Joined: 16 Mar 2004
|Posted: Fri Sep 05, 2008 3:48 pm Post subject: Nanotechnology to Revolutionise the Textile Industry
|Nanotechnology to Revolutionise the Textile Industry
Nanotechnology has been described as the thorough three-dimensional control of materials, processes and devices at the atomic-scale level (1x10-9m).
The ability to manipulate individual atoms and place them in a desired structure would lead to a new industrial revolution and completely change the way most things are constructed.
Nanotechnology helps in increasing performance and durability much beyond normal textiles by means of creating, altering and improving textiles at the molecular level.
The chemical formulation and application technology, which can be adopted with ease by existing textile mills, changes the fabric itself on a molecular level, embedding it with tiny, floppy, hair like fiberís that themselves are attached to a common spine.
Treatments on the nano-scale can translate to exciting attributes like water and oil repellency, fragrance release, anti-bacterial properties, anti-static properties, stain resistance etc.
Plasma technology is used to modify the top nanometer layers of textiles, allowing them to be made antibacterial, fungicidal and water repellent. Other applications also include heat resistant and mechanically resilient work wear, ballistic protection, sensors and camouflage.
Nanotechnology has been applied to produce an anti-static membrane for protective clothing against bad weather and electrostatic discharges. Nanoparticles have been used to provide the controlled release of fragrances, biocides and antifungal on textiles.
Fibres have been modified on the basis of nano container microcapsules that prevent bacterial growth by releasing antimicrobiotics. The same technology has been used to absorb odours.
Polyester yarn with 30 times the ability to absorb moisture has also been developed. The yarn is used mainly for undergarments with the layers having a total thickness of fifty nanometers.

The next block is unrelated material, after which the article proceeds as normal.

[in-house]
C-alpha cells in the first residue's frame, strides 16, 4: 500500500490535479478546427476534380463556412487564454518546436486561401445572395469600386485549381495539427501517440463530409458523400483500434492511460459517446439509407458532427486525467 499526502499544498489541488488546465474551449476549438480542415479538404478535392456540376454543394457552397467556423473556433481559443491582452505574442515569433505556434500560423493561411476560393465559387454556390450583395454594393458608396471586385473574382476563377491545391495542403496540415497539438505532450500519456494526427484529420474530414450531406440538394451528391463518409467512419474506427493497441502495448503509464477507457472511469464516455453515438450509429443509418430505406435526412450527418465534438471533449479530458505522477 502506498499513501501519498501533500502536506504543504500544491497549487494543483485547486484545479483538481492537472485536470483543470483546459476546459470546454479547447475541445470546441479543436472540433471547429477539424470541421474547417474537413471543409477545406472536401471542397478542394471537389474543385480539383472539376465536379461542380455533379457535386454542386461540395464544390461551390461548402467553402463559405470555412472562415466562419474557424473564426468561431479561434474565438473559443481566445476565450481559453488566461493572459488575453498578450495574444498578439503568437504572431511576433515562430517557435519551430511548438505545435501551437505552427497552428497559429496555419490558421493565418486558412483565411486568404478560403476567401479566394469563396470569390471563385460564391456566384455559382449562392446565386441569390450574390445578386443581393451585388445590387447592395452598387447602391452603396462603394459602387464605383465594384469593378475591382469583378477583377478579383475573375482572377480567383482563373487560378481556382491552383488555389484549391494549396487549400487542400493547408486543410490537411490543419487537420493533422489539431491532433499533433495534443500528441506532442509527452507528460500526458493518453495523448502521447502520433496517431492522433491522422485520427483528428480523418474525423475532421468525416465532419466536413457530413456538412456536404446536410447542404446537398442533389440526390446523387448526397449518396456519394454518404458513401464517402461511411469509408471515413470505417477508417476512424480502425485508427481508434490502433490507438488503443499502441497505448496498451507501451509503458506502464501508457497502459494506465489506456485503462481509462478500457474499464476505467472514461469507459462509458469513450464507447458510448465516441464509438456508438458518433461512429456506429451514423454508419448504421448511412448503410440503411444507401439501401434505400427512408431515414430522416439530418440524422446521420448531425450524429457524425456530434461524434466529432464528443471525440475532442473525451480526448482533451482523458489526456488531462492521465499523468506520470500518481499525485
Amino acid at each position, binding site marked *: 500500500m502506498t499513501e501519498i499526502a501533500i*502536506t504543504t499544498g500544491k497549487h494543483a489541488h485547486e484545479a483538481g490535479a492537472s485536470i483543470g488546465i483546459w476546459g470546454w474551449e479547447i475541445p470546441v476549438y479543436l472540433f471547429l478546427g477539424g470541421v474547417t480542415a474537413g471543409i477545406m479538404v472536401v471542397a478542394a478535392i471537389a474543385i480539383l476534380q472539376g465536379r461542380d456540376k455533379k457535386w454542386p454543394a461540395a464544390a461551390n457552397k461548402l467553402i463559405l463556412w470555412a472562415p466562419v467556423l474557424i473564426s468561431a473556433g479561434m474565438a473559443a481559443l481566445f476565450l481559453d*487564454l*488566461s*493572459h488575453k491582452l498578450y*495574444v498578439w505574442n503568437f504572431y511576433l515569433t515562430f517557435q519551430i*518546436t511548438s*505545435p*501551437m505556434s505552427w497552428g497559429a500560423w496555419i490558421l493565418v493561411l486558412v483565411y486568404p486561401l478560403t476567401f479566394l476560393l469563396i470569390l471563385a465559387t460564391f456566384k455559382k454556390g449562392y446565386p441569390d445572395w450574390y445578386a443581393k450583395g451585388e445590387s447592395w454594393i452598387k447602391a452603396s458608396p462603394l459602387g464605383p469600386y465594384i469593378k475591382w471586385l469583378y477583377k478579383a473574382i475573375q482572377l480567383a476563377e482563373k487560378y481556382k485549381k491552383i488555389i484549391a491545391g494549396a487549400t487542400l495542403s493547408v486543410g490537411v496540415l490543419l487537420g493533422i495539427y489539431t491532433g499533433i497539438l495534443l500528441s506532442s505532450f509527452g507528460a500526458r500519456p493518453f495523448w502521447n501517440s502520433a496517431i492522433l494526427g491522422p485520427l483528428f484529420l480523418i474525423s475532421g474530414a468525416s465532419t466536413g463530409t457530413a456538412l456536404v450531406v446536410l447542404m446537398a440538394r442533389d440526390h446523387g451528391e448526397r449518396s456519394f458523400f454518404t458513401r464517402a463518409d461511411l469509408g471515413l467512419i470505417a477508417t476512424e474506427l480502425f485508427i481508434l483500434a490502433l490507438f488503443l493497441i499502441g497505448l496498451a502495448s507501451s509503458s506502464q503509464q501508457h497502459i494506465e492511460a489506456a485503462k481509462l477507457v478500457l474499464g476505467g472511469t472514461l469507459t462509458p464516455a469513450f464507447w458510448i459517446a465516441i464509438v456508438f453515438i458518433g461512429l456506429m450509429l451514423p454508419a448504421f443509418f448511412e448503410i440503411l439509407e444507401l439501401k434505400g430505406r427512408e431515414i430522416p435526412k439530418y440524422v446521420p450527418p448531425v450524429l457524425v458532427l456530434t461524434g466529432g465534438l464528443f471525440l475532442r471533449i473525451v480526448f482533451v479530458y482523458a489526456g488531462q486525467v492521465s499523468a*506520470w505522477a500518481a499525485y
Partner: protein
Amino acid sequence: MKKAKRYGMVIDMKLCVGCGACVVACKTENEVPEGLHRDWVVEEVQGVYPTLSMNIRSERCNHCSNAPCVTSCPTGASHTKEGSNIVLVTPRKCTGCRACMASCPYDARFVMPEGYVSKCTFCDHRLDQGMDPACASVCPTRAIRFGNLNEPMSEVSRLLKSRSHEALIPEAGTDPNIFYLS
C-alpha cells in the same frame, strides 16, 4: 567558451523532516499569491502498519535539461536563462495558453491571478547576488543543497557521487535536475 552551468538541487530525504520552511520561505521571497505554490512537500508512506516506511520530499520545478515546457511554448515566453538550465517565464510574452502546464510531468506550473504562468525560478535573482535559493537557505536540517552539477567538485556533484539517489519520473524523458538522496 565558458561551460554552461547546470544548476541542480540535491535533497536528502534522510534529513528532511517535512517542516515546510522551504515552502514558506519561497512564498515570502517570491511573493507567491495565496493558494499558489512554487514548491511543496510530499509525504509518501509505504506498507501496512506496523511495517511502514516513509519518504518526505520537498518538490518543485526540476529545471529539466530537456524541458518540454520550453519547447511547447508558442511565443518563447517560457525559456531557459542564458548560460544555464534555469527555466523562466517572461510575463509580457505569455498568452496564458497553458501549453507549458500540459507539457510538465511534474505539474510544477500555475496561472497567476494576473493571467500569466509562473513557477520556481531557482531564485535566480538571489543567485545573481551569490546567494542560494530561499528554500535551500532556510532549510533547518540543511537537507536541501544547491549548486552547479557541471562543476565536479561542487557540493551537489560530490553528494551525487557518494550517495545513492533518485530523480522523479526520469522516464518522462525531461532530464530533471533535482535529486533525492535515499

A fabric containing bundles of ultra fine nanometre nylon threads that allow superior moisture absorption properties has also been developed.
Carbon nanotube composite fibres with a toughness in the order of seventeen times that of Kevlar, has also been developed with varied applications like bullet-proof vests and energy storage devices contained within a textile fabric that could be used to power an electronic device.
Conducting polymer coated textiles are usually dark or black.
Research is being focused on producing coloured conductive textiles.
The textile industry is seen more as a traditional industry. Competition to the stronghold traditional production centers of Europe & America is forcing companies to veer from the traditional and is forcing the industry to restructure and modernize. Nanotechnology, according to experts, could be the way out for these countries.
The potential benefits of nanotechnology are so compelling that over thirty countries are initiating national research and development initiatives. Nanotechnology is a means of adding value to a product and maybe a practical instrument in garnering additional returns for a textile industry pushed in to the corner.
The need of the hour is for textile industries, associations & textile research institutes in particular to contribute more to research in nano-textiles and harness the potential provided by it.